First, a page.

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Why Europe doesn’t want to export democracy?

Europe exports advance technology across the globe, with huge investments from Africa to the Middle East and Asia. Europe even sells reference management software and then export experts to far-away lands to train academics to use their software. However, Europe continues to turn a blind eye with investments in democracy and rule of law in other part of the world. Why does Europe not want other to enjoy the fruits of the rule of law?

The question could arise as to why developing countries are not able to build their own democracy? This is not an easy feat as weak states consist of largely uneducated masses that cannot stand tall against the manipulation of some of the world media’s agenda driven journalism, the greed of multinational corporations and state to state relations.

The last example in this regard that the head of the European Court of Human Rights, Robert Spano is visiting Turkey this week despite member state Ankara ranks second after Russia when it comes to violations of human rights. Spano’s visit is prompting harsh criticism from local and international human rights activities as he may give a lecture at the Justice Academy and receive an honorary doctorate in law from Istanbul University, the Turkish Justice Ministry statement mentioned.

There are more than 60 000 thousand individual applications to the European Court of Human Rights for violation of rights and freedom but the European court rejecting Gulen Movement affiliated victims’ applications by simply relying on Erdogan government’s official narratives.

The European Court of Human Rights (ECtHR) and the Council of Europe justify the crime of social genocide perpetrated against the Gülen movement in Turkey by conducting discriminatory practices towards to the Movement. Although the European courts takes action to resolve human rights violations in many countries but largely ignores the violations in Turkey due to its cooperation with Erdogan regime.

Turkey’s well-known writer and academic Mehmet Altan who was fired from Istabul University wrote an open letter to Spano to re-consider receiving an honorary doctorate as the University was at the center of a purge following 15 July 2016 failed coup attempt in Turkey. “I do not know how much pride there is to be an honorary member of a university that condemns hundreds of lecturers to unemployment and poverty by unjustly expelling them from school,” Altan said.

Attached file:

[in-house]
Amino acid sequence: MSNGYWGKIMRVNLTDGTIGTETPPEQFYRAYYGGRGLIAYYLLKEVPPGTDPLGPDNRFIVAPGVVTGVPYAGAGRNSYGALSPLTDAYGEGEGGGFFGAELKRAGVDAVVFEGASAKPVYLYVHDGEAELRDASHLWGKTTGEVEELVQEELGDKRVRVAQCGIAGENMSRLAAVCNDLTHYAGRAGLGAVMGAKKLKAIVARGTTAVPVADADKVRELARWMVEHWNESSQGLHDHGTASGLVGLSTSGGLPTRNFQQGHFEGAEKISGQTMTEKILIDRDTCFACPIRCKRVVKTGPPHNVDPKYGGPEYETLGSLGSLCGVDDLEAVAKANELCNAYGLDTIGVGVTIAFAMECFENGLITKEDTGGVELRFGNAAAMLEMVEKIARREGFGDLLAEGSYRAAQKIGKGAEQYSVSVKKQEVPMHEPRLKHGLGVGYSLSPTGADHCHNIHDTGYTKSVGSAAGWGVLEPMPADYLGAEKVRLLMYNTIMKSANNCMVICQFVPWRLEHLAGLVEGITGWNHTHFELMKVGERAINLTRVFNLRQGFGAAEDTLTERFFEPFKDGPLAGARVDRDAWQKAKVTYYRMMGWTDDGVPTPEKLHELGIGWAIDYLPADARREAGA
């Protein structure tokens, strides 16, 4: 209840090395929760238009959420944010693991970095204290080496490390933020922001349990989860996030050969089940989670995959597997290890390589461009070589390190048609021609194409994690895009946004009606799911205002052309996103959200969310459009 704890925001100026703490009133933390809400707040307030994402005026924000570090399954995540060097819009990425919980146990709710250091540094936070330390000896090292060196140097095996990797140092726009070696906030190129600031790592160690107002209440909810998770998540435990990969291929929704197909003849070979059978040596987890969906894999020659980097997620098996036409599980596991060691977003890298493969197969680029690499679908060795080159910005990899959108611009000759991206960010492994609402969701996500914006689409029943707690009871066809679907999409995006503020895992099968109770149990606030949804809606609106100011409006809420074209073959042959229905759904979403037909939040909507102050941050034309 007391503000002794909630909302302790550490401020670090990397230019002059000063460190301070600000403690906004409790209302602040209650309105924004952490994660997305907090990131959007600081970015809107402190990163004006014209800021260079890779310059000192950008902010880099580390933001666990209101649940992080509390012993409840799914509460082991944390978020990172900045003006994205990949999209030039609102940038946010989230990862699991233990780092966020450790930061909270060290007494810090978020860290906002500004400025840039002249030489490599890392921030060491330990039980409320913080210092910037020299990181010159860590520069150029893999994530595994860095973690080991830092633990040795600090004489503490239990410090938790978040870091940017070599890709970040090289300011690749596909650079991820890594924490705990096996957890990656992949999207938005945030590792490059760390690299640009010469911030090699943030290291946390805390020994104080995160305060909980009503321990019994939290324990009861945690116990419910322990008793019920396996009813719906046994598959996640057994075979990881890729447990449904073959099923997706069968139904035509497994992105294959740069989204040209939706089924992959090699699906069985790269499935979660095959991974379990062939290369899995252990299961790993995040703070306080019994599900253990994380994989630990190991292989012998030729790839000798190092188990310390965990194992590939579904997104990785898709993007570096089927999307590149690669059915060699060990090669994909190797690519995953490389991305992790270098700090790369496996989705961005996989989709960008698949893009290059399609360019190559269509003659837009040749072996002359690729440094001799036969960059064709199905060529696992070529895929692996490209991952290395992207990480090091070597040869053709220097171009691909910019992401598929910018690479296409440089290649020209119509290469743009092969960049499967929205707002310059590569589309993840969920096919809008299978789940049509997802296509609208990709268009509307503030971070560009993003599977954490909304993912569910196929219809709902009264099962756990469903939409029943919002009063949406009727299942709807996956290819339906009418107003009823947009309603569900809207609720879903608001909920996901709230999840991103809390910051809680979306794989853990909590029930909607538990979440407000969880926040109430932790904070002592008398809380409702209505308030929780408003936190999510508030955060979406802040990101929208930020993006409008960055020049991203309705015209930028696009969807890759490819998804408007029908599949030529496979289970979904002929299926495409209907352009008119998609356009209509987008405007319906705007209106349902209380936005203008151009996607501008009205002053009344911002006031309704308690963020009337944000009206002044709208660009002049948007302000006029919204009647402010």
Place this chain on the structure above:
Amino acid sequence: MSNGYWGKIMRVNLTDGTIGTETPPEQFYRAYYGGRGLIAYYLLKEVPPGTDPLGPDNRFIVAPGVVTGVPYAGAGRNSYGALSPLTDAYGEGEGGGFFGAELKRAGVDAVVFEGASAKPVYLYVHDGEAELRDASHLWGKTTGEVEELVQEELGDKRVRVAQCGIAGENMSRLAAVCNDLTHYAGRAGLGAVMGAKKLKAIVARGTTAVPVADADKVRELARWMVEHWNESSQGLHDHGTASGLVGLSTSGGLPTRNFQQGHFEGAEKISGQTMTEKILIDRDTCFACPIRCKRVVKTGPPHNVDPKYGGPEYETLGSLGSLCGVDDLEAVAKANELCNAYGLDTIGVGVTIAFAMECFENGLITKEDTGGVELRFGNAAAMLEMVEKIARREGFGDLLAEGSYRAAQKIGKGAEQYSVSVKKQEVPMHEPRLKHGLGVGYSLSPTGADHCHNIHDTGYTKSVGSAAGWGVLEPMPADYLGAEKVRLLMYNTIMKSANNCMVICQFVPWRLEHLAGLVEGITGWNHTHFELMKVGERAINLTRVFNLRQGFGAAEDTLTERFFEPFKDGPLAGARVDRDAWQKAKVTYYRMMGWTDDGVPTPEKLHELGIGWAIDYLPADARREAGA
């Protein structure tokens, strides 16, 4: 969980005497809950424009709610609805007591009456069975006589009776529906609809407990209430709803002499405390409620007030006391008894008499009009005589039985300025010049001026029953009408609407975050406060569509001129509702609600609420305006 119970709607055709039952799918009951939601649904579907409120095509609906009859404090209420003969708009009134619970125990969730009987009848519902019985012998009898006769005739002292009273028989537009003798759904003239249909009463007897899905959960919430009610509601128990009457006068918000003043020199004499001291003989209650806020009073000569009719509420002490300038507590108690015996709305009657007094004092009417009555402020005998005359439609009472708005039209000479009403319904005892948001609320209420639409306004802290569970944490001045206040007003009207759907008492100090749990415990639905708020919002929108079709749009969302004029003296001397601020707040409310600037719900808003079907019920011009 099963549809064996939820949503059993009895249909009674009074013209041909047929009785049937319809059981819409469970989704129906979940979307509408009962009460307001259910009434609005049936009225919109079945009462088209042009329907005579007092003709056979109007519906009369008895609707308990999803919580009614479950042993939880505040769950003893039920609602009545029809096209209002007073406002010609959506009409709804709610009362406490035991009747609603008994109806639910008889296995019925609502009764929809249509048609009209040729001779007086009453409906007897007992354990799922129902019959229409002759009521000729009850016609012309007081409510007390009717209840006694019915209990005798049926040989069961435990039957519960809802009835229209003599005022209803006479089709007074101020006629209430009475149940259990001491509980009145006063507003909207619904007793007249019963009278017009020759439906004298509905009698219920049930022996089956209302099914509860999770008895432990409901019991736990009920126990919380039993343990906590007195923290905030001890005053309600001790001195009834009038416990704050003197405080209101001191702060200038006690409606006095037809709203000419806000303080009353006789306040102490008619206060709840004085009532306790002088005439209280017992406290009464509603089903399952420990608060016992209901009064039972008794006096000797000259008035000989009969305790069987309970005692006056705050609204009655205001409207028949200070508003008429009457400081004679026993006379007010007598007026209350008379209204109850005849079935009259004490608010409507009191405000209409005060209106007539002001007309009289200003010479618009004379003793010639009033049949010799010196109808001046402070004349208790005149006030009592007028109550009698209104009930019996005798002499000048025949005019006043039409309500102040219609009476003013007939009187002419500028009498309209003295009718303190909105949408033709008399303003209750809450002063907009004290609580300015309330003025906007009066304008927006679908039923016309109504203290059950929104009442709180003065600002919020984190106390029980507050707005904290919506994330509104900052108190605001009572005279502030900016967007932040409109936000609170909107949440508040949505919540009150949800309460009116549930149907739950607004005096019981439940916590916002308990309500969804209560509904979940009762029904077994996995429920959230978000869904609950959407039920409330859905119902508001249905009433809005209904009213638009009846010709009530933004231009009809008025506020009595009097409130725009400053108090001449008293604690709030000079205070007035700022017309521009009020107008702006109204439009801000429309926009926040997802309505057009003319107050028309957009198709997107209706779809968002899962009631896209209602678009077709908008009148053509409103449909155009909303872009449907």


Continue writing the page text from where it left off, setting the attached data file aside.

“The people who will be giving you an honorary doctorate are the very people who dismissed me and many other academics. I was not released despite the Constitutional Court’s judgment finding violations of three separate constitutional rights and ordering my release. Even after the judgment by the ECtHR, presided over by you, held that there had been a violation of my rights.” Professor Altan detailed that how Turkey’s 2nd Criminal Chamber of the Istanbul Regional Court of Justice upheld his conviction.

“The university from which you will receive a doctorate is included as the “defendant institution” in the lawsuits of academics, like me, who were dismissed by decree, “Professor Altan mentioned that these cases are still ongoing and it is likely that they will come before the ECHR, which Spano preside over.

Member of the European Parliament, Kati Piri who served as the Parliament’s rapporteur on Turkey’s EU membership also called judge Robert Spano not to accept honorary doctorate from Istanbul University – which fired numerous academics. “Think twice before throwing the credibility of the #ECtHR under the bus!” She tweeted.

According to Dr. Talip Aydin, former Judge and Head of Human Rights Department of Turkish Department of Justice, one of the possible reasons for the rapprochement between the Council of Europe/ECtHR and Turkish regime is the Erdogan’s monetary aids to the Council which is in financial crisis.

The ECtHR has a power to intervene in any intensive and systematic human rights violations which took place in any member state of the convention as the European Convention on Human Rights is a text that protects the fundamental rights of the individuals against the state. Dr Aydin criticizes ECtHR’s biased stance regarding Erdogan’s genocidal policies towards the Gulen Movement since July 15 2016 coup attempt.

Despite Turkish government dismisses or arrested 1/3 of the judiciary as part of ongoing post-coup purge, ECtHR are still rejecting application from Gulen Movement followers, and the court is recognizing Turkish Supreme Court and Constitutional Court as independent and impartial.

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Turkmen Terzi is a journalist, researcher and political commentator focusing on International Relations and Political Science based in South Africa.


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